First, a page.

GREENVILLE, S.C. (WSPA) – It will now be easier to get resolutions passed through Greenville County Council, including raising taxes.
Council voted Tuesday evening to change a more than a decade old ordinance that required nine votes before taxes were increased to a requirement of seven.
A handful a residents spoke before council opposing the new vote requirement.
“The people of Greenville County have spoken,” said Willis Meadows, the vice chairman of Greenville County Council. “I don’t feel like the council, we didn’t listen.”
Council voted 7 to 4 to repeal the vote requirement ordinance.
“Nobody likes tax increases, and don’t do them unless we have to, so this was one of those things that was done out of necessity, not out of a want,” said Councilman Ennis Fant, District 25.
The vote came after council passed a bill raising taxes for both road maintenance and an emergency communications system but didn’t have the county deemed nine votes to do so. State law only requires seven votes.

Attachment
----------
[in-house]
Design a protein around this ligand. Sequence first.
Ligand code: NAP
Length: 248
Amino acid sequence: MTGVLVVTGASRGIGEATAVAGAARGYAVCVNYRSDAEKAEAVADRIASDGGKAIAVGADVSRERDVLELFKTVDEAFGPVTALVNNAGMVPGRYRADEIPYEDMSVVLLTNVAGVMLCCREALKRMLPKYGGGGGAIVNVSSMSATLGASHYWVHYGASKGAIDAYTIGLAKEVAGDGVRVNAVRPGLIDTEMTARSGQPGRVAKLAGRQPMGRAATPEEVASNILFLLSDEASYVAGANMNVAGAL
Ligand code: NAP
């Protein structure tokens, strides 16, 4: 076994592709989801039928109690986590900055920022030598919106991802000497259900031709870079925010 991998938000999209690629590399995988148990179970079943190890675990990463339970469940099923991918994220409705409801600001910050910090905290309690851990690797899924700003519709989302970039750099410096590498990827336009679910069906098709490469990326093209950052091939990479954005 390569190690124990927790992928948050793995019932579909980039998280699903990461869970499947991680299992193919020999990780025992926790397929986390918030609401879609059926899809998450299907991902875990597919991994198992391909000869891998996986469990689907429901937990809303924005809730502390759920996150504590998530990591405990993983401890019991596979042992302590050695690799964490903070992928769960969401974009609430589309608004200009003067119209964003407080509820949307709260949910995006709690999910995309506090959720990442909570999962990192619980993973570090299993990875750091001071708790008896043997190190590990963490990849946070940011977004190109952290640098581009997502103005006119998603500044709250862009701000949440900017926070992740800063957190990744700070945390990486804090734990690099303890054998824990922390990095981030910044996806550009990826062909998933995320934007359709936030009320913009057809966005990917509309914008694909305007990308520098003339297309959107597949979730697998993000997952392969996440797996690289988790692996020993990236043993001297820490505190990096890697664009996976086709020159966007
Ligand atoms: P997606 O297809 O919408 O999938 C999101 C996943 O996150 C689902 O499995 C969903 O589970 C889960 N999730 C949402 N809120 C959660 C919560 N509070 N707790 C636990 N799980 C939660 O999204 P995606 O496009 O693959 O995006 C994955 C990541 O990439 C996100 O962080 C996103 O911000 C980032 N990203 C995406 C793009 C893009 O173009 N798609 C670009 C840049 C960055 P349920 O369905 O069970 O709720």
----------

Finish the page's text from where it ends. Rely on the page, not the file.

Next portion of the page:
“This council, you will never get nine people to vote for anything,” Fant said.
Most of council agrees this is a needed step. However, the four against, who are also part of the current lawsuit facing county council, say it was political.
“They felt that it [roads fee] couldn’t pass with nine votes, so that’s why they bobtailed it to the communications bill,” Meadows said.
Meadows says he’s saddened by the vote.
“This just opens the door for more taxing and spending,” Meadows said.
The two separate bills for the communication system and the roads will be the first tax bills council votes on with the new seven majority rule.
Councilman Fant says both the roads and communications bills should be back in front of council at the beginning of May.